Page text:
New Year’s Bowls Mean Nothing Today
Remember when New Year’s Day was a sacred holiday? I do. In the days before cable, my family would gather in the living room, stack television sets on top of each other, and watch multiple bowl games at once. The match-ups were that good; you wouldn’t dare miss any of them.
In the days before you could buy your way into a game on New Year’s day, getting selected to play on this coveted day meant your program had accomplished something. You had just completed a stellar season, and the world would watch as you battled it out against another program that had accomplished something.
As Archie and Edith used to sing, “Those were the days!”
Now the “after New Year’s” bowl season has become a meaningless hodge-podge of games nobody wants to see. Instead of getting a healthy portion of college football meat and potatoes, we’ve been force-fed cotton candy.
Between the ten bowl games on January 1st and 2nd, six teams with 7-5 records disgrace our television screens, not to mention a 6-6. Like a fat, smelly hog in a tea room, these programs don’t belong in a bowl whose game date doesn’t start with “D”.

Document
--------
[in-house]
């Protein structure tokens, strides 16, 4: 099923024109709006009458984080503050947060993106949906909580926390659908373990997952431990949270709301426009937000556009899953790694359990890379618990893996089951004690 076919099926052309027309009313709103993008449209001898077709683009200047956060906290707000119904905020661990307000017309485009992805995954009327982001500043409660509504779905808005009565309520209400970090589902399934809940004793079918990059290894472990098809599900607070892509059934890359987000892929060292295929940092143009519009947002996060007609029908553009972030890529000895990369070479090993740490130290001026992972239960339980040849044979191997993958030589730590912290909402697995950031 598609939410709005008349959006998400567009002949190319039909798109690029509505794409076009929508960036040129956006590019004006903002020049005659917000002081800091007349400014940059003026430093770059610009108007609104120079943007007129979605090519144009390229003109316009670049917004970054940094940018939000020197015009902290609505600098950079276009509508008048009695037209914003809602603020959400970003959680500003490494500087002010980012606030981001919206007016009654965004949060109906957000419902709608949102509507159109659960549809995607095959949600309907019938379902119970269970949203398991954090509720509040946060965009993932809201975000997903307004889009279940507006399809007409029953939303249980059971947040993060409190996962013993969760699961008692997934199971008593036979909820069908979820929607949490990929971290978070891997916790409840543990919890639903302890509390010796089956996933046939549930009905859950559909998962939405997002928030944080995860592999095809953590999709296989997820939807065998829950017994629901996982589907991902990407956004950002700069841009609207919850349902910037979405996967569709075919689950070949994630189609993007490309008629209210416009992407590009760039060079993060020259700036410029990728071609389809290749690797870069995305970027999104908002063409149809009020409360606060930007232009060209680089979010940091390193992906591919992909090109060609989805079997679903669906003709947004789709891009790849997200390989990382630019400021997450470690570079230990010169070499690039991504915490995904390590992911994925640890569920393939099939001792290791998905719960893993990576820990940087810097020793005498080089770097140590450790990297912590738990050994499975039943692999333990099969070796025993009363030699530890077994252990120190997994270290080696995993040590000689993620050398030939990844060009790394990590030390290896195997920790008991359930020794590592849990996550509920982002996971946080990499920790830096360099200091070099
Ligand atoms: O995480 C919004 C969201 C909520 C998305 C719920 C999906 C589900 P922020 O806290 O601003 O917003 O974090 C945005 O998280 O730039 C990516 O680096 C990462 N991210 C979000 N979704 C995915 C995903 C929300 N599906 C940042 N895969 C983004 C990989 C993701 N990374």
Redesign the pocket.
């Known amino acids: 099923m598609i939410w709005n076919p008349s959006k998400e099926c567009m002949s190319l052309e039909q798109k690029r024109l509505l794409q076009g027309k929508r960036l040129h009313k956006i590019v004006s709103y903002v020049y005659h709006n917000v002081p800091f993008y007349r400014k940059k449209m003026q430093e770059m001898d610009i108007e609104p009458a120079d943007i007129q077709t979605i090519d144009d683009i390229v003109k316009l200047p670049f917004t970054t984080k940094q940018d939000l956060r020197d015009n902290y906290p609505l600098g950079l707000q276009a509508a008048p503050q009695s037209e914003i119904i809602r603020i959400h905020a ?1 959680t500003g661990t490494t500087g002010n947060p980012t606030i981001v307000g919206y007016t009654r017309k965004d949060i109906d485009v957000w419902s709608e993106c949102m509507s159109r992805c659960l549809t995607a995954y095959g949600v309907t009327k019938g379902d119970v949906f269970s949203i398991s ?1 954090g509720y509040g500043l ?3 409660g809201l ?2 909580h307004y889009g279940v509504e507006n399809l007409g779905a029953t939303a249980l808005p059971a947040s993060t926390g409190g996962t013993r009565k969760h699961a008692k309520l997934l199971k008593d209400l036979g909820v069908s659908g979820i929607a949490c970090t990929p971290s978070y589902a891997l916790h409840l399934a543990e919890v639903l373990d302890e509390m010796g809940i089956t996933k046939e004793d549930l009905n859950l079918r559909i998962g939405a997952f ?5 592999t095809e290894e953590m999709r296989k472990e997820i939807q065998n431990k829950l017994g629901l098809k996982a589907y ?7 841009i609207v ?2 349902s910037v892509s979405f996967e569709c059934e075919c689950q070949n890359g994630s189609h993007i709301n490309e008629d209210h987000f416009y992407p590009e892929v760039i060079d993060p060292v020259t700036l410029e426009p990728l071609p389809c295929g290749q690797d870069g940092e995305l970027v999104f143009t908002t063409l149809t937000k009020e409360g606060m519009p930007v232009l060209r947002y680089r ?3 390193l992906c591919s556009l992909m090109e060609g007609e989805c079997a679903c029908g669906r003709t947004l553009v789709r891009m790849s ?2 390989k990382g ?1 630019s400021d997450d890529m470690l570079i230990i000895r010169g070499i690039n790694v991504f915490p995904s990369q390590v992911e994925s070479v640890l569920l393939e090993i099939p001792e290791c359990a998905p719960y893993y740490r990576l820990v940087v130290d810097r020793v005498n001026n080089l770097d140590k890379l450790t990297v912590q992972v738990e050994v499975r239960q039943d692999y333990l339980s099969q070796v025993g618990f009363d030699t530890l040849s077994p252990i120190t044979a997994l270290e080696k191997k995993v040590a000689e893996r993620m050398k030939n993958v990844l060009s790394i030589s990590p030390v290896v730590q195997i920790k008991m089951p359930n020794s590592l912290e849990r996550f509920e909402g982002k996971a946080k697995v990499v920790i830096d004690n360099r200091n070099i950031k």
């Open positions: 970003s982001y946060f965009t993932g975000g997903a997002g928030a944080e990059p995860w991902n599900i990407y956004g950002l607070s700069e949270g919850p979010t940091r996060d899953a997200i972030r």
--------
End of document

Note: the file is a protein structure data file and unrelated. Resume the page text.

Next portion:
The problem is, there are just too many dang bowls. Thirty-four to be exact. Meaning 43 teams not good enough to be in the top twenty-five get to go bowling.
I used to think it funny that the NCAA basketball tournament included 64 teams. For some reason that just seemed like a lot to me. And when they added a 65th in a play-in game, I simply scratched my head. But to put it in perspective, FBS college football now has 68 teams that get invited to bowls. That’s 57% of all teams playing what we would call Division 1 football.
What this over-saturation of “bowl worthy” teams does is simply dilute the purity of the bowl pool, polluting the purity of New Year’s day, and beyond. I mean, is anyone really excited about watching Troy and Central Michigan battle it out in the GMAC bowl on January 6th? And how about that display of personal fouls, no discipline, missed tackles and turnovers in the Outback? Anybody pumped about South Florida v. Northern Illinois today? Or Uconn and South Carolina?
Let’s face it. Bowls are not what they used to be, and unless you’re invited to a BCS bowl, or even better, earn your way into the coveted BCS National Championship game, you’re really just playing an early spring game. And excitement about a meaningless win in a meaningless bowl simply lets the world know where your program is.